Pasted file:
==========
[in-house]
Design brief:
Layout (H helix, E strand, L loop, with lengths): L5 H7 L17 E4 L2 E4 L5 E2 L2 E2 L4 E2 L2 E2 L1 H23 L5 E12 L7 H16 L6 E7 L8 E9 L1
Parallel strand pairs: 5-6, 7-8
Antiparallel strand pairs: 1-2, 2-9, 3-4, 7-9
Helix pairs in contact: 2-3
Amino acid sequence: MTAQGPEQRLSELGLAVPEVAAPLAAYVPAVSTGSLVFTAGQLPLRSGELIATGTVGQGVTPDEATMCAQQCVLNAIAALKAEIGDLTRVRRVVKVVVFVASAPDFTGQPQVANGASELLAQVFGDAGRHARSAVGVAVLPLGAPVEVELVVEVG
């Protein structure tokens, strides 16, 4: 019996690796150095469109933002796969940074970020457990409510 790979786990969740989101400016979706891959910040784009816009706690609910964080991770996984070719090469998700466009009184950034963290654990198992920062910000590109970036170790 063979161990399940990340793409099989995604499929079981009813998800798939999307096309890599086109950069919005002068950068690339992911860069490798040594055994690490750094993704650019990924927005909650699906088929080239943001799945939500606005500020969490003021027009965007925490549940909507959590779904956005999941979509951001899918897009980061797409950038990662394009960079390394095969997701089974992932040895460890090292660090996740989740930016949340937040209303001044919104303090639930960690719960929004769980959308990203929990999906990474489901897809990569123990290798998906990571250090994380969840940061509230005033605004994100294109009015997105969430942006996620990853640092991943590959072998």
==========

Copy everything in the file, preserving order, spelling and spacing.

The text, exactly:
[in-house]
Design brief:
Layout (H helix, E strand, L loop, with lengths): L5 H7 L17 E4 L2 E4 L5 E2 L2 E2 L4 E2 L2 E2 L1 H23 L5 E12 L7 H16 L6 E7 L8 E9 L1
Parallel strand pairs: 5-6, 7-8
Antiparallel strand pairs: 1-2, 2-9, 3-4, 7-9
Helix pairs in contact: 2-3
Amino acid sequence: MTAQGPEQRLSELGLAVPEVAAPLAAYVPAVSTGSLVFTAGQLPLRSGELIATGTVGQGVTPDEATMCAQQCVLNAIAALKAEIGDLTRVRRVVKVVVFVASAPDFTGQPQVANGASELLAQVFGDAGRHARSAVGVAVLPLGAPVEVELVVEVG
């Protein structure tokens, strides 16, 4: 019996690796150095469109933002796969940074970020457990409510 790979786990969740989101400016979706891959910040784009816009706690609910964080991770996984070719090469998700466009009184950034963290654990198992920062910000590109970036170790 063979161990399940990340793409099989995604499929079981009813998800798939999307096309890599086109950069919005002068950068690339992911860069490798040594055994690490750094993704650019990924927005909650699906088929080239943001799945939500606005500020969490003021027009965007925490549940909507959590779904956005999941979509951001899918897009980061797409950038990662394009960079390394095969997701089974992932040895460890090292660090996740989740930016949340937040209303001044919104303090639930960690719960929004769980959308990203929990999906990474489901897809990569123990290798998906990571250090994380969840940061509230005033605004994100294109009015997105969430942006996620990853640092991943590959072998």